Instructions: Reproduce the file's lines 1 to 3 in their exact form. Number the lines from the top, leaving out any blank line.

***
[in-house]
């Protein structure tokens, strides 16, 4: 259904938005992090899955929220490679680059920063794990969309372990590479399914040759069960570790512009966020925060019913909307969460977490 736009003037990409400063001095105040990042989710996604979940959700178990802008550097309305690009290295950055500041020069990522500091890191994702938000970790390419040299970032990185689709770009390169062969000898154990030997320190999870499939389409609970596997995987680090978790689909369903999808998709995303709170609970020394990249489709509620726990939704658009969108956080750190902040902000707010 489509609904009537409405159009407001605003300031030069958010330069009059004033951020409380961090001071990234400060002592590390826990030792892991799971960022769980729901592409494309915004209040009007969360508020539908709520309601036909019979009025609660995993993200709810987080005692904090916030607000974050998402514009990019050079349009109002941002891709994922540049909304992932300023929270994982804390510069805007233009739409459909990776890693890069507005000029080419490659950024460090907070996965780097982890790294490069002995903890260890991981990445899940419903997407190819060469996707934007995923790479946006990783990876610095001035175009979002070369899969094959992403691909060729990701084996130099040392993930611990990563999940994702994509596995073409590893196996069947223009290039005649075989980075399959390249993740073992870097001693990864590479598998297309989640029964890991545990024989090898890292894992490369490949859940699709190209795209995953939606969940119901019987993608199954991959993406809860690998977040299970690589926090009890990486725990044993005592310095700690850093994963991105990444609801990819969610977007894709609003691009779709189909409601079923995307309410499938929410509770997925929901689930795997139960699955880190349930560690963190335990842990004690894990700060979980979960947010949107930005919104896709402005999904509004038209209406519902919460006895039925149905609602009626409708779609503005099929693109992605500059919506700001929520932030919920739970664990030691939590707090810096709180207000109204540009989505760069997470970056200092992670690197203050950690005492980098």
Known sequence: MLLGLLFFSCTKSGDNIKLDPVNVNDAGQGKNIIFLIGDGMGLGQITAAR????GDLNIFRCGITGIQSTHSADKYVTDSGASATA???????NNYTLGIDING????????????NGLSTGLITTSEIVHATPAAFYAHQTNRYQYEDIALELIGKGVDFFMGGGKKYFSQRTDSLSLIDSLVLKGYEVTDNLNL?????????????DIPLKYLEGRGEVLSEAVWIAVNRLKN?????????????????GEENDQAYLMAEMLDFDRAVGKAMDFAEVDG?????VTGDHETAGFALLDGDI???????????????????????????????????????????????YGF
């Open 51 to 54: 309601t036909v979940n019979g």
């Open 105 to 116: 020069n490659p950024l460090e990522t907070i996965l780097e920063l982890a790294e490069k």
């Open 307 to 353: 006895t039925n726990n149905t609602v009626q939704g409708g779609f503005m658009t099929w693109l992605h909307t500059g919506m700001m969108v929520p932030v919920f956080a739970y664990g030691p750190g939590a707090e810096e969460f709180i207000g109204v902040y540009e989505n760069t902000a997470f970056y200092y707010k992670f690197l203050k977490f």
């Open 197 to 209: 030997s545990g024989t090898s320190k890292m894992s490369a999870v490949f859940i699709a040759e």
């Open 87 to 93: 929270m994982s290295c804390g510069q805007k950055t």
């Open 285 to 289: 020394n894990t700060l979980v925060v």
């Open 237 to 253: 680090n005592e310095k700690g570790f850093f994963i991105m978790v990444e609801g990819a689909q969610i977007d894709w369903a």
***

[in-house]
């Protein structure tokens, strides 16, 4: 259904938005992090899955929220490679680059920063794990969309372990590479399914040759069960570790512009966020925060019913909307969460977490 736009003037990409400063001095105040990042989710996604979940959700178990802008550097309305690009290295950055500041020069990522500091890191994702938000970790390419040299970032990185689709770009390169062969000898154990030997320190999870499939389409609970596997995987680090978790689909369903999808998709995303709170609970020394990249489709509620726990939704658009969108956080750190902040902000707010 489509609904009537409405159009407001605003300031030069958010330069009059004033951020409380961090001071990234400060002592590390826990030792892991799971960022769980729901592409494309915004209040009007969360508020539908709520309601036909019979009025609660995993993200709810987080005692904090916030607000974050998402514009990019050079349009109002941002891709994922540049909304992932300023929270994982804390510069805007233009739409459909990776890693890069507005000029080419490659950024460090907070996965780097982890790294490069002995903890260890991981990445899940419903997407190819060469996707934007995923790479946006990783990876610095001035175009979002070369899969094959992403691909060729990701084996130099040392993930611990990563999940994702994509596995073409590893196996069947223009290039005649075989980075399959390249993740073992870097001693990864590479598998297309989640029964890991545990024989090898890292894992490369490949859940699709190209795209995953939606969940119901019987993608199954991959993406809860690998977040299970690589926090009890990486725990044993005592310095700690850093994963991105990444609801990819969610977007894709609003691009779709189909409601079923995307309410499938929410509770997925929901689930795997139960699955880190349930560690963190335990842990004690894990700060979980979960947010949107930005919104896709402005999904509004038209209406519902919460006895039925149905609602009626409708779609503005099929693109992605500059919506700001929520932030919920739970664990030691939590707090810096709180207000109204540009989505760069997470970056200092992670690197203050950690005492980098």
Known sequence: MLLGLLFFSCTKSGDNIKLDPVNVNDAGQGKNIIFLIGDGMGLGQITAAR????GDLNIFRCGITGIQSTHSADKYVTDSGASATA???????NNYTLGIDING????????????NGLSTGLITTSEIVHATPAAFYAHQTNRYQYEDIALELIGKGVDFFMGGGKKYFSQRTDSLSLIDSLVLKGYEVTDNLNL?????????????DIPLKYLEGRGEVLSEAVWIAVNRLKN?????????????????GEENDQAYLMAEMLDFDRAVGKAMDFAEVDG?????VTGDHETAGFALLDGDI???????????????????????????????????????????????YGF